The Lamb Devours the Oscars 2017: Best Animated Short

by Bubbawheat · February 24, 2017 · Featured, LAMB Devours the Oscars · 3 Comments

Every day until the Oscars ceremony we’ll be highlighting a different category or movie here on the LAMB! Here’s a link to all the posts written so far:

Today, Bubbawheat from Flights, Tights, and Movie Nights is here to look at the nominees for Best Animated Short.

While I may be known for superhero movies over at my main site, I have always loved animation in all forms and am glad to return to once again take a look at the latest crop of animated short films to round out this year’s Oscar nominees for the Lamb Devours the Oscars. Often, this is a category that features many different styles of animation and this year is no different. Most of the films run quite short at only 5 to 7 minutes long with just a single nominee being over 30 minutes. One day, I would like to have the chance to see these shorts in the theaters, but the nearest theater to me sold out well before I even realized when it was being shown.


This was the only short that I had seen before preparing for this post as it screened before Finding Dory. Pixar is always on the forefront of computer animated technology and they are becoming masters at making characters that look and feel photorealistic and yet are still stylized just enough to create personality and character with simple gestures and expressions. Watching this again still blows me away at how absolutely gorgeous it looks. The water, the sand, the feathers, and the attention to detail in the movement of the birds as they avoided the breaking waves. And they’re still able to tell a compelling story without any dialogue. Though this time around I did notice that there is an odd message at heart. While it is adorable to see the young bird conquer its fear of the water and become a master at finding food, there’s an odd element of human-like greed and abundance when you look a little closer. Instead of just getting the food it needs to survive, it uses its newfound skill to gain an excess of food, though I’m certain many would simply call me out for overanalyzing a six minute cartoon.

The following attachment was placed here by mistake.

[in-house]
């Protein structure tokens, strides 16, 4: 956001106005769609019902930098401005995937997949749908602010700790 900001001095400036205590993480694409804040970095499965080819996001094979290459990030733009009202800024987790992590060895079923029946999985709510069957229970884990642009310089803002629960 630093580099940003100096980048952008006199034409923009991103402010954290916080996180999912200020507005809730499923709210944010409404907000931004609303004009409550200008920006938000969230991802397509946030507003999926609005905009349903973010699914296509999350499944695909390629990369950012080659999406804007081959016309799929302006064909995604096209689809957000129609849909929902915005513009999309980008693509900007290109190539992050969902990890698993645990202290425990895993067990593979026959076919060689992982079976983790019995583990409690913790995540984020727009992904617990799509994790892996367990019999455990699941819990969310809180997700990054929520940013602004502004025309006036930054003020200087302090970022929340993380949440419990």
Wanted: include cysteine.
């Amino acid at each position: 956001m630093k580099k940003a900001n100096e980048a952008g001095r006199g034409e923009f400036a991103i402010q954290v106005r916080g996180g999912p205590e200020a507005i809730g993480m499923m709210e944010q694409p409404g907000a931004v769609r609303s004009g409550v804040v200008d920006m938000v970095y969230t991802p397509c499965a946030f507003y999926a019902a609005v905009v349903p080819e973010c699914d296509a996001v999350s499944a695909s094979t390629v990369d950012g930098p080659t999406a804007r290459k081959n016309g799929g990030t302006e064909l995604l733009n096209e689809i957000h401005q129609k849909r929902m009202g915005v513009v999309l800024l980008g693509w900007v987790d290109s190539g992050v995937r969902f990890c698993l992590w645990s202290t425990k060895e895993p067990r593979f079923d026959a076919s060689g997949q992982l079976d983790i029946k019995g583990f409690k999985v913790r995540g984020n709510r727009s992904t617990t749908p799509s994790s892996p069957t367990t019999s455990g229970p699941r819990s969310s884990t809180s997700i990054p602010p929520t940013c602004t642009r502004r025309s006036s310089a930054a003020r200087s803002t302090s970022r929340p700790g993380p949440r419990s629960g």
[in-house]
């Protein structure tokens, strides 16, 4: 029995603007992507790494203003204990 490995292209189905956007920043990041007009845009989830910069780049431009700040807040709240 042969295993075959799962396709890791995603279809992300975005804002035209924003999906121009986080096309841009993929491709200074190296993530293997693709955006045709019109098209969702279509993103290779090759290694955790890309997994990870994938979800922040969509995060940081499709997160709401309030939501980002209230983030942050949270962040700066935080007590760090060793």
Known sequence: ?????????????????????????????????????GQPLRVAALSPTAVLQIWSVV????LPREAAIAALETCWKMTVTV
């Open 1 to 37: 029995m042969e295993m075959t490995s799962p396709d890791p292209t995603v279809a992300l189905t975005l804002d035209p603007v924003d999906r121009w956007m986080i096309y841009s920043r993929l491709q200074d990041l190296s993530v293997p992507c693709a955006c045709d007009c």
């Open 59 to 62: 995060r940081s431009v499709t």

Pearl is the one short that is an experiment in new technology. This was made for the relatively new 360 degree video format championed by Google which made for a unique but frustrating viewing experience. With most movies there is a certain amount of cinematography and mise en scene which creates a specific frame and places the characters, backgrounds, and props in very specific locations within that frame. But with the 360 degree video, the frame is gone and you as the viewer get to decide how to frame the film at any given point in time. This is made easier when viewing through a VR headset, but viewing it on my computer on YouTube made the experience fall somewhere between wonder and frustration. The camera is situated roughly in the passenger seat of a car and we get to experience flashes of the life of a singer/songwriter and his daughter as she grows up. Most of the action happens in the driver’s seat and backseat, and it’s not always easy to know exactly where to point the camera. Not only that, but since it is such a short film, and the scenes are so brief, it’s incredibly easy to miss something. All that aside, the film does have a nice heart to it and it helps that the song is good too. It doesn’t feel like it’s showing anything new as far as the characters are concerned. We see a free spirited guy become a practical father to a rebellious and free spirited daughter, and it comes back around for a sweet ending.